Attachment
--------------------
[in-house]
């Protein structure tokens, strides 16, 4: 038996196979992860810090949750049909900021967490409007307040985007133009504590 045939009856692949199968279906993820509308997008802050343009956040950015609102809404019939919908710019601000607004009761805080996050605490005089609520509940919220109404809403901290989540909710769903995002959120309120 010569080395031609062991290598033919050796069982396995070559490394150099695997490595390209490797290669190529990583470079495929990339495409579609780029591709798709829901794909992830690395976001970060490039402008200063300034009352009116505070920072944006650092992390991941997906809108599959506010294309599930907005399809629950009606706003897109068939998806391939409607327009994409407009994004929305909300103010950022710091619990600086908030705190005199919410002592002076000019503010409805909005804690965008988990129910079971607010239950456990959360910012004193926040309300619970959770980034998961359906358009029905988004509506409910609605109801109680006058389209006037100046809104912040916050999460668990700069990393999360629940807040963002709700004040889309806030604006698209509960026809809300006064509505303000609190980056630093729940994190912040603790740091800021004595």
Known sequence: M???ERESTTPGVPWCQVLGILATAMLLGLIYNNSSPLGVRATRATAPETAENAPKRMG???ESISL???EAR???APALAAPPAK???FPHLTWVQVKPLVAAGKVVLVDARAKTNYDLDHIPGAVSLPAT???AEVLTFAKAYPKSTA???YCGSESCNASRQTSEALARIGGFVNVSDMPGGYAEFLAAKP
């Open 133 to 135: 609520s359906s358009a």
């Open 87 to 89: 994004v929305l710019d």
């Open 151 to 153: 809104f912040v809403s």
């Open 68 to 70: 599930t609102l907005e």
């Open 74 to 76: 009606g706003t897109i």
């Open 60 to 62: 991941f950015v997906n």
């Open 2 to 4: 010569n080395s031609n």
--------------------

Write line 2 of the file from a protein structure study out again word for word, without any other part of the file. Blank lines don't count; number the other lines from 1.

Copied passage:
């Protein structure tokens, strides 16, 4: 038996196979992860810090949750049909900021967490409007307040985007133009504590 045939009856692949199968279906993820509308997008802050343009956040950015609102809404019939919908710019601000607004009761805080996050605490005089609520509940919220109404809403901290989540909710769903995002959120309120 010569080395031609062991290598033919050796069982396995070559490394150099695997490595390209490797290669190529990583470079495929990339495409579609780029591709798709829901794909992830690395976001970060490039402008200063300034009352009116505070920072944006650092992390991941997906809108599959506010294309599930907005399809629950009606706003897109068939998806391939409607327009994409407009994004929305909300103010950022710091619990600086908030705190005199919410002592002076000019503010409805909005804690965008988990129910079971607010239950456990959360910012004193926040309300619970959770980034998961359906358009029905988004509506409910609605109801109680006058389209006037100046809104912040916050999460668990700069990393999360629940807040963002709700004040889309806030604006698209509960026809809300006064509505303000609190980056630093729940994190912040603790740091800021004595």